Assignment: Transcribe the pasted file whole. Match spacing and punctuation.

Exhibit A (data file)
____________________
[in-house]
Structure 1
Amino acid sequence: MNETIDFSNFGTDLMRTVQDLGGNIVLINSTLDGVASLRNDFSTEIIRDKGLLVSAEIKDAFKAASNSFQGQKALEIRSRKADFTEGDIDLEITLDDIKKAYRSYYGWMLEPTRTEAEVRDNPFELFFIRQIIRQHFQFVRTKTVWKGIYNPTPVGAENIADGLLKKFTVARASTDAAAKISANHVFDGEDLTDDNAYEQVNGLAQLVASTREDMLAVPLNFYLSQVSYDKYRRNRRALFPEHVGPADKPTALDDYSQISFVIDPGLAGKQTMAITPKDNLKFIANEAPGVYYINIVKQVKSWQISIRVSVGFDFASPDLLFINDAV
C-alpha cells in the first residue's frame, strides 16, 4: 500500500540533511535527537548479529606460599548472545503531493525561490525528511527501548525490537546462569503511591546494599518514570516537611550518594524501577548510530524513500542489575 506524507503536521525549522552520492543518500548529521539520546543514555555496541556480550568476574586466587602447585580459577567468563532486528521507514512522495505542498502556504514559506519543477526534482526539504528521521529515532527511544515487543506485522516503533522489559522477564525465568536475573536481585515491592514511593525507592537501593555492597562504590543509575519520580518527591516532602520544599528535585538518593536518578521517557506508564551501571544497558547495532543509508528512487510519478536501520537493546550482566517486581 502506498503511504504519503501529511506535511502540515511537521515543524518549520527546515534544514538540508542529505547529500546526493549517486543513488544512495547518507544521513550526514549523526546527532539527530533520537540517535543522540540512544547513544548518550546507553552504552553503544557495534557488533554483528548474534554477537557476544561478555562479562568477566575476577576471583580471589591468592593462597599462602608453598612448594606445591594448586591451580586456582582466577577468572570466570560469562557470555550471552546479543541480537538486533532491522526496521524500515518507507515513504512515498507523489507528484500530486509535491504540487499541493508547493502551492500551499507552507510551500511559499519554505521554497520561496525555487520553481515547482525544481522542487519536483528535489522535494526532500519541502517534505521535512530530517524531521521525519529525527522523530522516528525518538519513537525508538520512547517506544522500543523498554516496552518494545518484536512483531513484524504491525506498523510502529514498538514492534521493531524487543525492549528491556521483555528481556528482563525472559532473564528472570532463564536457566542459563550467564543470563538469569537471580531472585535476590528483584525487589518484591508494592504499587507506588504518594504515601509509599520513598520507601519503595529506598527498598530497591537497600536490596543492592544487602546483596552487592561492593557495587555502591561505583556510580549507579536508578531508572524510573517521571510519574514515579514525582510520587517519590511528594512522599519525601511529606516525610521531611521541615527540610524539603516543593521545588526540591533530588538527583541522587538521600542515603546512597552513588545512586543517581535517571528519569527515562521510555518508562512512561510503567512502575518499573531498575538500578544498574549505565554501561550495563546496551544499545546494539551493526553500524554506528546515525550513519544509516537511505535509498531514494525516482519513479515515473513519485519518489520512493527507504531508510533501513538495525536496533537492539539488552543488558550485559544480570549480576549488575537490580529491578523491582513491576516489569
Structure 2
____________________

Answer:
[in-house]
Structure 1
Amino acid sequence: MNETIDFSNFGTDLMRTVQDLGGNIVLINSTLDGVASLRNDFSTEIIRDKGLLVSAEIKDAFKAASNSFQGQKALEIRSRKADFTEGDIDLEITLDDIKKAYRSYYGWMLEPTRTEAEVRDNPFELFFIRQIIRQHFQFVRTKTVWKGIYNPTPVGAENIADGLLKKFTVARASTDAAAKISANHVFDGEDLTDDNAYEQVNGLAQLVASTREDMLAVPLNFYLSQVSYDKYRRNRRALFPEHVGPADKPTALDDYSQISFVIDPGLAGKQTMAITPKDNLKFIANEAPGVYYINIVKQVKSWQISIRVSVGFDFASPDLLFINDAV
C-alpha cells in the first residue's frame, strides 16, 4: 500500500540533511535527537548479529606460599548472545503531493525561490525528511527501548525490537546462569503511591546494599518514570516537611550518594524501577548510530524513500542489575 506524507503536521525549522552520492543518500548529521539520546543514555555496541556480550568476574586466587602447585580459577567468563532486528521507514512522495505542498502556504514559506519543477526534482526539504528521521529515532527511544515487543506485522516503533522489559522477564525465568536475573536481585515491592514511593525507592537501593555492597562504590543509575519520580518527591516532602520544599528535585538518593536518578521517557506508564551501571544497558547495532543509508528512487510519478536501520537493546550482566517486581 502506498503511504504519503501529511506535511502540515511537521515543524518549520527546515534544514538540508542529505547529500546526493549517486543513488544512495547518507544521513550526514549523526546527532539527530533520537540517535543522540540512544547513544548518550546507553552504552553503544557495534557488533554483528548474534554477537557476544561478555562479562568477566575476577576471583580471589591468592593462597599462602608453598612448594606445591594448586591451580586456582582466577577468572570466570560469562557470555550471552546479543541480537538486533532491522526496521524500515518507507515513504512515498507523489507528484500530486509535491504540487499541493508547493502551492500551499507552507510551500511559499519554505521554497520561496525555487520553481515547482525544481522542487519536483528535489522535494526532500519541502517534505521535512530530517524531521521525519529525527522523530522516528525518538519513537525508538520512547517506544522500543523498554516496552518494545518484536512483531513484524504491525506498523510502529514498538514492534521493531524487543525492549528491556521483555528481556528482563525472559532473564528472570532463564536457566542459563550467564543470563538469569537471580531472585535476590528483584525487589518484591508494592504499587507506588504518594504515601509509599520513598520507601519503595529506598527498598530497591537497600536490596543492592544487602546483596552487592561492593557495587555502591561505583556510580549507579536508578531508572524510573517521571510519574514515579514525582510520587517519590511528594512522599519525601511529606516525610521531611521541615527540610524539603516543593521545588526540591533530588538527583541522587538521600542515603546512597552513588545512586543517581535517571528519569527515562521510555518508562512512561510503567512502575518499573531498575538500578544498574549505565554501561550495563546496551544499545546494539551493526553500524554506528546515525550513519544509516537511505535509498531514494525516482519513479515515473513519485519518489520512493527507504531508510533501513538495525536496533537492539539488552543488558550485559544480570549480576549488575537490580529491578523491582513491576516489569
Structure 2